WASHINGTON -- Abe Fortas, who played a key role in some of the greatest civil liberties decisions in American history but left the Supreme Court under threat of impeachment, is dead at 71.
Fortas -- nominated by his friend Lyndon Johnson to be chief justice of the United States but who later became the first person forced off the high court by allegations of scandal -- was pronounced dead at 9:40 p.m. EST Monday at Georgetown University Hospital.
A hospital spokeswoman said later that death resulted from a ruptured aorta -- the body's main artery.
His secretary, Inga Seckinger, said Fortas collapsed at his home in the fashionable Georgetown section of Washington.
He died two weeks after making his first official return to the velvet-draped courtroom of the nation's highest tribunal, from which he resigned in May 1969. He participated in arguments on a case involving Puerto Rico's system for filling mid-term legislative vacancies.
The first high court members to comment on his death were Justices William Brennan and Thurgood Marshall -- the only remaining members of the court's liberal wing from its activist era under Chief Justice Earl Warren.
'Justice Fortas' sudden death comes as a great shock to both of us,' they said in a joint statement. 'He is not only our esteemed colleague, but also a close friend. We shall miss him.'
Potter Stewart, who retired from the high court last year, decribed Fortas as 'truly a brilliant man,' and Justice Harry Blackmun, who took the seat Fortas resigned, said he 'served this country well in many capacities.'
The son of an immigrant Jewish cabinetmaker who became a trusted adviser of Johnson before the Texan reached the White House, Fortas worked his way through Southwestern College in Memphis, Tenn. He graduated from Yale Law School, where he was editor in chief of its prestigious law journal.
Early in his career, Fortas taught at Yale, was a member of the Securities and Exchange Commission and served as undersecretary of the interior for President Franklin Roosevelt.
But it was in the 1960s that Fortas left his mark on the nation's legal annals.
As a lawyer, he represented Clarence Gideon before the court in 1963 and won a unanimous decision that declared a person accused of a crime has a right to a lawyer, even if he cannot pay for one himself.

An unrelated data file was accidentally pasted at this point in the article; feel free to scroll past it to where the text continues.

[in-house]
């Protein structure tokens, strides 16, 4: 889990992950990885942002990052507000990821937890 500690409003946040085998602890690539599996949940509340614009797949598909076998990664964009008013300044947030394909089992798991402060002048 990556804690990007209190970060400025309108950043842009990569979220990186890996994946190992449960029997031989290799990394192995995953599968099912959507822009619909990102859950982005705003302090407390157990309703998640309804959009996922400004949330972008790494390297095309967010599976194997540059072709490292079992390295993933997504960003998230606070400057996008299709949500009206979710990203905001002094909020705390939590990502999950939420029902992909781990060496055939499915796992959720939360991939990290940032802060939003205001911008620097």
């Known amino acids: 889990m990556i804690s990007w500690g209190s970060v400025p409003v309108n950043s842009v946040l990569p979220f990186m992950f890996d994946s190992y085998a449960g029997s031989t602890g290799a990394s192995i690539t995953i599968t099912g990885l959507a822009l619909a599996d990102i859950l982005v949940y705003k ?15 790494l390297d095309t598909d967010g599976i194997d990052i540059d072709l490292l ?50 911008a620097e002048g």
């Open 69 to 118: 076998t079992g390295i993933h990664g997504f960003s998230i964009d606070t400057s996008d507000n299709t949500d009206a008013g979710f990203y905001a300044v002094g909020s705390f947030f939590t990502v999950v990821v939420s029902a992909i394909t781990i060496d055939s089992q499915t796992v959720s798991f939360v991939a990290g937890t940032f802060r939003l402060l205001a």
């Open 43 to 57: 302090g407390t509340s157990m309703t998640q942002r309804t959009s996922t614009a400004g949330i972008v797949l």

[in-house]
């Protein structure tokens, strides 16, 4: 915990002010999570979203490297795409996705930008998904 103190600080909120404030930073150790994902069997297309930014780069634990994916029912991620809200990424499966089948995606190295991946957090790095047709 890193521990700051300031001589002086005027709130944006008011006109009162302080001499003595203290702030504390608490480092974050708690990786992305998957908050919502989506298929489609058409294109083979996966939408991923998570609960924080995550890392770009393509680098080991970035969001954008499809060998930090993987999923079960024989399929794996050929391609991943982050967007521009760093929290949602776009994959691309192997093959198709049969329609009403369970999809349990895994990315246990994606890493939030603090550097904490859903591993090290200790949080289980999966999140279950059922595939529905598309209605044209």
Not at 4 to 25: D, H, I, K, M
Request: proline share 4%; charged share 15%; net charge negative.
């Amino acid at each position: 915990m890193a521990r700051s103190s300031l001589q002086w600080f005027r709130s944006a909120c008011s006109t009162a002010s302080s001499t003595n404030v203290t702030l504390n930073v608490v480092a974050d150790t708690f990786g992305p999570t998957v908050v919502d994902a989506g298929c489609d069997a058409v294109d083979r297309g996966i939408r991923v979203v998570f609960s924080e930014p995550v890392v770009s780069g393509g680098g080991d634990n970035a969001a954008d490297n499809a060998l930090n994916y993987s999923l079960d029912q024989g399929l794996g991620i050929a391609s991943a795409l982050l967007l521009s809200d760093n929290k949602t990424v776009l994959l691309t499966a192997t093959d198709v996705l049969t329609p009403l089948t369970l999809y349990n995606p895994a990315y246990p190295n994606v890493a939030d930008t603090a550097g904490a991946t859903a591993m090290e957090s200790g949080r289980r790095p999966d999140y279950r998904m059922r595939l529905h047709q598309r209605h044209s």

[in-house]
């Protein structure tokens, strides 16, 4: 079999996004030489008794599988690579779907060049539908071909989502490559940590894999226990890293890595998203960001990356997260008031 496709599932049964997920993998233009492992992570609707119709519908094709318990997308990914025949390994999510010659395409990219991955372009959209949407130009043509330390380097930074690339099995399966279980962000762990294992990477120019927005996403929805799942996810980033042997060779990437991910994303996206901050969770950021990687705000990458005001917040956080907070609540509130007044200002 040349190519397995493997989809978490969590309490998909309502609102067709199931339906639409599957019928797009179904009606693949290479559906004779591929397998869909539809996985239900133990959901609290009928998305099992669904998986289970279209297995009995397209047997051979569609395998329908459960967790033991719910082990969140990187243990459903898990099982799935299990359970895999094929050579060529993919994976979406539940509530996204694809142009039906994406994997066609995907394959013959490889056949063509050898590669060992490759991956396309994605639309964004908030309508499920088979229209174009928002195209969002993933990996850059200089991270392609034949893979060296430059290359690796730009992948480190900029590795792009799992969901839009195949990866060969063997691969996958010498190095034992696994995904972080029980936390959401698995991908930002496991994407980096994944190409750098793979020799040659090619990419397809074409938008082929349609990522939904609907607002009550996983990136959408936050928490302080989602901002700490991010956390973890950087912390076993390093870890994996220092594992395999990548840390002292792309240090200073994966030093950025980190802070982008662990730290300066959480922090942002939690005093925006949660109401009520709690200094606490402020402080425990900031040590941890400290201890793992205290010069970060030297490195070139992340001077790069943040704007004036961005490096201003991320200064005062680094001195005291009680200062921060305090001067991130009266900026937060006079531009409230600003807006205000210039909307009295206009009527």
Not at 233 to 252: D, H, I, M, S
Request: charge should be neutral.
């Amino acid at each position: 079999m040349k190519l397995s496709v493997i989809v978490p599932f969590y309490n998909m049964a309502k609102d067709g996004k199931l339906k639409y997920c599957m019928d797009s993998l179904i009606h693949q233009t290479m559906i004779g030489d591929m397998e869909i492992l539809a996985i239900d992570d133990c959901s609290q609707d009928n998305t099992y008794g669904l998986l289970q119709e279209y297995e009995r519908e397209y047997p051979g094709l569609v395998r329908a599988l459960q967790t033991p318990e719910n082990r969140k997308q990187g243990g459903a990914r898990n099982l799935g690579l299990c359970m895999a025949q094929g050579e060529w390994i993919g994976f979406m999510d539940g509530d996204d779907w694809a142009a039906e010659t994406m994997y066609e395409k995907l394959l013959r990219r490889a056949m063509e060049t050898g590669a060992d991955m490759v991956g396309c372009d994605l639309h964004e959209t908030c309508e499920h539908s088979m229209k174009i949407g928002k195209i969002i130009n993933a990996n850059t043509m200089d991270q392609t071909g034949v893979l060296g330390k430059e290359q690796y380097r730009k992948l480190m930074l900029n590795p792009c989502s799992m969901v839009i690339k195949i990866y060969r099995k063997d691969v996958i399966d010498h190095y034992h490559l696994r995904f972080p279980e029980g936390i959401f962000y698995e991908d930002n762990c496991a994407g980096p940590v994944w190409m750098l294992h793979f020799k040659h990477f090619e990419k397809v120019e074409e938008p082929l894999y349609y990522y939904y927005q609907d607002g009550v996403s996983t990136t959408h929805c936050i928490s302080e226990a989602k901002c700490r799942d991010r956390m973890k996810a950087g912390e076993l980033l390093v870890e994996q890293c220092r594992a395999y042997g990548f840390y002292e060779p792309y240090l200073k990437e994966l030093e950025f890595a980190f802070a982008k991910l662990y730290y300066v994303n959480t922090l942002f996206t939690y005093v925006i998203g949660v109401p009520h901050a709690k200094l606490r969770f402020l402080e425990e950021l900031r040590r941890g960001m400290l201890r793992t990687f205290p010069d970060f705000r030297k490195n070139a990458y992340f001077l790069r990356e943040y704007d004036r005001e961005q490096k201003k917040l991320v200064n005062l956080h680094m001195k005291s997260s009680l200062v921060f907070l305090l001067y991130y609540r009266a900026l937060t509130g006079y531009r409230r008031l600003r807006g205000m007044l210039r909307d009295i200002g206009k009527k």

As a justice, the most significant decision Fortas wrote established modern legal rights for children in trouble with the law. The ruling -- in the case of Gerald Gault of Globe, Ariz. -- required juvenile courts to provide defendants with key protections that had long been granted to adults under the Bill of Rights.
In the court's famous Miranda decision limiting police interrogations of criminal suspects, Fortas was part of the slender five-man majority.
And in 1968 he led the majority in striking down Arkansas' 'Monkey Law' that forbade the teaching of Darwin's Theory of Evolution in public schools.
Fortas, who remained a close adviser to LBJ after joining the high court in 1965, was nominated by Johnson to replace t Law School. The money was contributed by five businessmen, one of whom had a son involved in a federal criminal case.
The Senate Judiciary Committee approved his nomination, but a coalition of Republicans and conservative Democrats launched a filibuster against it. Fortas then asked Johnson to withdraw his nomination -- a move that paved the way for President Nixon to appoint Warren Burger as chief justice.
Fortas encountered more serious problems in 1969, when reports surfaced that he accepted $20,000 from the foundation of industrialist Louis Wolfson. Fortas returned the money after Wolfson was twice indicted on federal stock charges.
Although Fortas insisted he had 'not accepted any fee or emolument,' members of Congress called for his resignation and threatened impeachment proceedings.
Fortas resigned -- making him the first justice to do so under a cloud of corruption -- and returned to private law practice in Washington.
When Nixon named Blackmun to fill the Fortas vacancy, it was the end of the so-called 'Jewish seat' on the high court, which had existed since the beginning of the 20th century.
Fortas is survived by his wife, Carolyn Agger, also a lawyer.
Funeral services for Fortas will be private, but were not immediately scheduled. A public memorial will be held in two or three weeks, associates said.